GM Stock Pros
Improving Market Share: The auto industry is slowing in 2017 compared to the record-setting 2016. That’s not good news for GM stock. What is good, however, is that GM is managing to hold its vehicle sales nearly flat, and thus its market share is rising.
October represented the third straight month in which GM made up 17% or more of the American market. This is the first time that General Motors has managed that feat since 2011. It’s taken long enough, but it seems that the perception that GM makes poor cars and was merely a ward of the state post-financial crisis is finally fading.
Lyft Isn’t All Bad News: It’s true that GM stock is vulnerable to ride-sharing services from a demand standpoint. However, there are two mitigating factors also in play. For one, for $500 million, GM purchased a 9% stake in Lyft last year. That didn’t seem noteworthy at the time. However, given Uber’s horrible 2017, I’d guess that Lyft has become a lot more valuable. Uber isn’t the untouchable sector leader that it used to be. GM stock would benefit greatly if Lyft ends up going public at a large valuation.
The other good news is that ride-sharing services may be creating new driving demand. It’s basic economics that when price falls, demand goes up. With Uber and Lyft fares way below traditional taxis in many markets, it encourages people to take more voluntary trips. An evening bar trip that might seem risky if you had to drive yourself or pay $25 for a cab each way looks a lot different if you cut that fare in half. Additionally, particularly within UberPool-style carpooling services, the ride-sharers are now stealing passengers from public transportation.
Increasing EV Sales: The Chevy Bolt EV continues its impressive 2017 sales trajectory. The Bolt had already surpassed the previous generation Chevy Volt in 2017 sales, and it is now heading toward the #1 overall spot.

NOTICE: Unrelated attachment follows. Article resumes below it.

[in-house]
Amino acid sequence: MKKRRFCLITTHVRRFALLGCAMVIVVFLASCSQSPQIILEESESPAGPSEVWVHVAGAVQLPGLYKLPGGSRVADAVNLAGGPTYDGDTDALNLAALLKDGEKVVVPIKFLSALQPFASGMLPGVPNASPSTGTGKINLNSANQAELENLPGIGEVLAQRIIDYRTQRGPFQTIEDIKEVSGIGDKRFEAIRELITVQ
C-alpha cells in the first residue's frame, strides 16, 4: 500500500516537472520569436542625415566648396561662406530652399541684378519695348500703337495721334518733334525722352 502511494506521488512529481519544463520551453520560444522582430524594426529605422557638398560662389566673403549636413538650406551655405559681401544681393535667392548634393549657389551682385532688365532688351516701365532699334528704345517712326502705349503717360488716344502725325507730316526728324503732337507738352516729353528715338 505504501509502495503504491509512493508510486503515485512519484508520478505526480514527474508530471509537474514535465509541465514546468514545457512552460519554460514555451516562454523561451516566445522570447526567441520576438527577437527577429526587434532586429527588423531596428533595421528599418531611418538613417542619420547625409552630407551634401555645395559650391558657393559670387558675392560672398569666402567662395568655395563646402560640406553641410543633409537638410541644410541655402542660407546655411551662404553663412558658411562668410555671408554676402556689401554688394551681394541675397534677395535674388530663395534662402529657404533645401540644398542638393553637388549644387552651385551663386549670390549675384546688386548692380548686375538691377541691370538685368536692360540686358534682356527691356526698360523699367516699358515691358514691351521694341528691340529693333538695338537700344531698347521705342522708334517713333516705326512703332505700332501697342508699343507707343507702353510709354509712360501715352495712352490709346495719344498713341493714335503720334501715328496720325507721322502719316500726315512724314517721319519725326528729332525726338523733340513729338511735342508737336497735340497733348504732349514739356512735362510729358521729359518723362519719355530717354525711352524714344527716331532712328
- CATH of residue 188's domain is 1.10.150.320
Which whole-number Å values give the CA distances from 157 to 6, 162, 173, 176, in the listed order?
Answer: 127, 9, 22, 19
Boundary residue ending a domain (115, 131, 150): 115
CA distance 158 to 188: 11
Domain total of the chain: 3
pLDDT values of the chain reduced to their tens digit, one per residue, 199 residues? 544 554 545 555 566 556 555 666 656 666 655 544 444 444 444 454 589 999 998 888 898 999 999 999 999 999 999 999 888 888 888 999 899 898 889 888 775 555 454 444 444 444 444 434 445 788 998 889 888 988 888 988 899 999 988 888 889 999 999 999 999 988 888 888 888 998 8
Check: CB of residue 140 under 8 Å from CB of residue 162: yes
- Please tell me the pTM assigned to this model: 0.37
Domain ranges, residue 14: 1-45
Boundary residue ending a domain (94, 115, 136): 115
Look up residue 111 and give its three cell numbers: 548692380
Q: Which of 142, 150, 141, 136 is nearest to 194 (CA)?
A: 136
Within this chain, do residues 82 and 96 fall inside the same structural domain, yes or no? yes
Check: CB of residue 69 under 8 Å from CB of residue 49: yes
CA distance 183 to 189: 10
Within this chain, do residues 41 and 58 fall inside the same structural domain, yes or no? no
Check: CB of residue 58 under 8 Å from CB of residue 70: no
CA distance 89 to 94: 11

The Bolt is riding an 8-month consecutive growth streak. Perhaps more impressively, in October, the Bolt outsold the combined offerings from Tesla Inc (NASDAQ:TSLA). For the first time, the Bolt (2,781 vehicles) outsold the Tesla Model S (1,120) and X (850) put together. For the year, the S has sold 20,750 units, and the Bolt is up to 17,083. There’s a real chance the Bolt could top the S and hit #1 overall for 2017. And Toyota Motor Company (ADR) (NYSE:TM) is still lagging. The Prius Prime, a key Bolt rival, saw sales dip in October to 1,626 units and it has fallen to #4 in unit sales for the year.
GM is doing a lot of things right. You have to give management credit for fixing a business that looked completely broken less than 10 years ago.
However, investors seem overly eager for GM stock here. The ride-share threat looms large, the auto cycle appears to be topping out, and yet GM stock remains sharply higher year-to-date. We already know that 2018 is likely to be a challenging year for American auto sales, and with that clear warning, any bullish case for GM stock relies on thinking it can take yet more market share going forward. It’s possible, but I wouldn’t count on it.
At the time of this writing, the author held no positions in any of the aforementioned securities. You can reach him on Twitter at @irbezek.